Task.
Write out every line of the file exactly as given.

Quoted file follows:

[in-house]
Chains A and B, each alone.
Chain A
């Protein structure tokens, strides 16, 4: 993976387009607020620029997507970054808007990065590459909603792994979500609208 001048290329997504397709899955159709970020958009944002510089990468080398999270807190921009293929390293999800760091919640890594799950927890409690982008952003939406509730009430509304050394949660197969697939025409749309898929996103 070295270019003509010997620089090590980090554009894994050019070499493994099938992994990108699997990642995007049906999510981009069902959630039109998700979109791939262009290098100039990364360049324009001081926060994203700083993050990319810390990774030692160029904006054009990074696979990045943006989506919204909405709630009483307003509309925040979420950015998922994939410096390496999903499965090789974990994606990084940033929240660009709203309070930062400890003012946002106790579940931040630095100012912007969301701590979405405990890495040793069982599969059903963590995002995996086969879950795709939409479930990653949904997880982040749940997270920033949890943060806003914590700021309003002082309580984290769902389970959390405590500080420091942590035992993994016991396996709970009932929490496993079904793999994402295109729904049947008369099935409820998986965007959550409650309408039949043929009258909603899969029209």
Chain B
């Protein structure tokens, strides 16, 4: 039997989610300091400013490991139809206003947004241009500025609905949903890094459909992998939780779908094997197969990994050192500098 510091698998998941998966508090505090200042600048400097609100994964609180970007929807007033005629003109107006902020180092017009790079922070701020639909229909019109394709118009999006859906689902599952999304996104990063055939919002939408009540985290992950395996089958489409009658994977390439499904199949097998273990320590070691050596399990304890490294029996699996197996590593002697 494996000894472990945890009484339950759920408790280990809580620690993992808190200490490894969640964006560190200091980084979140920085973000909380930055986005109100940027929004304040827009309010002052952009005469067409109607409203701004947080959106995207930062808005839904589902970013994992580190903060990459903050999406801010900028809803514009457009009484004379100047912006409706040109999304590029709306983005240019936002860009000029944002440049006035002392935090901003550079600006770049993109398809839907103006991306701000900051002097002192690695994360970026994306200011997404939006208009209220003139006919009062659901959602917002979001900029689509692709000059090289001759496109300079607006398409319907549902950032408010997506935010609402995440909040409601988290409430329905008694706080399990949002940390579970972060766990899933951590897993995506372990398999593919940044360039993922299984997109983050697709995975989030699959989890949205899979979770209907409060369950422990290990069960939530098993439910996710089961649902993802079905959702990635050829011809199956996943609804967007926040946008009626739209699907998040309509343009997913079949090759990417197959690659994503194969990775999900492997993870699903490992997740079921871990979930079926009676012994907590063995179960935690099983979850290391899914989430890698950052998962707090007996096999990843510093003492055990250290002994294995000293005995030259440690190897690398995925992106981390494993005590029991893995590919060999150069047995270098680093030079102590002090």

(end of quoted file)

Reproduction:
[in-house]
Chains A and B, each alone.
Chain A
């Protein structure tokens, strides 16, 4: 993976387009607020620029997507970054808007990065590459909603792994979500609208 001048290329997504397709899955159709970020958009944002510089990468080398999270807190921009293929390293999800760091919640890594799950927890409690982008952003939406509730009430509304050394949660197969697939025409749309898929996103 070295270019003509010997620089090590980090554009894994050019070499493994099938992994990108699997990642995007049906999510981009069902959630039109998700979109791939262009290098100039990364360049324009001081926060994203700083993050990319810390990774030692160029904006054009990074696979990045943006989506919204909405709630009483307003509309925040979420950015998922994939410096390496999903499965090789974990994606990084940033929240660009709203309070930062400890003012946002106790579940931040630095100012912007969301701590979405405990890495040793069982599969059903963590995002995996086969879950795709939409479930990653949904997880982040749940997270920033949890943060806003914590700021309003002082309580984290769902389970959390405590500080420091942590035992993994016991396996709970009932929490496993079904793999994402295109729904049947008369099935409820998986965007959550409650309408039949043929009258909603899969029209």
Chain B
């Protein structure tokens, strides 16, 4: 039997989610300091400013490991139809206003947004241009500025609905949903890094459909992998939780779908094997197969990994050192500098 510091698998998941998966508090505090200042600048400097609100994964609180970007929807007033005629003109107006902020180092017009790079922070701020639909229909019109394709118009999006859906689902599952999304996104990063055939919002939408009540985290992950395996089958489409009658994977390439499904199949097998273990320590070691050596399990304890490294029996699996197996590593002697 494996000894472990945890009484339950759920408790280990809580620690993992808190200490490894969640964006560190200091980084979140920085973000909380930055986005109100940027929004304040827009309010002052952009005469067409109607409203701004947080959106995207930062808005839904589902970013994992580190903060990459903050999406801010900028809803514009457009009484004379100047912006409706040109999304590029709306983005240019936002860009000029944002440049006035002392935090901003550079600006770049993109398809839907103006991306701000900051002097002192690695994360970026994306200011997404939006208009209220003139006919009062659901959602917002979001900029689509692709000059090289001759496109300079607006398409319907549902950032408010997506935010609402995440909040409601988290409430329905008694706080399990949002940390579970972060766990899933951590897993995506372990398999593919940044360039993922299984997109983050697709995975989030699959989890949205899979979770209907409060369950422990290990069960939530098993439910996710089961649902993802079905959702990635050829011809199956996943609804967007926040946008009626739209699907998040309509343009997913079949090759990417197959690659994503194969990775999900492997993870699903490992997740079921871990979930079926009676012994907590063995179960935690099983979850290391899914989430890698950052998962707090007996096999990843510093003492055990250290002994294995000293005995030259440690190897690398995925992106981390494993005590029991893995590919060999150069047995270098680093030079102590002090």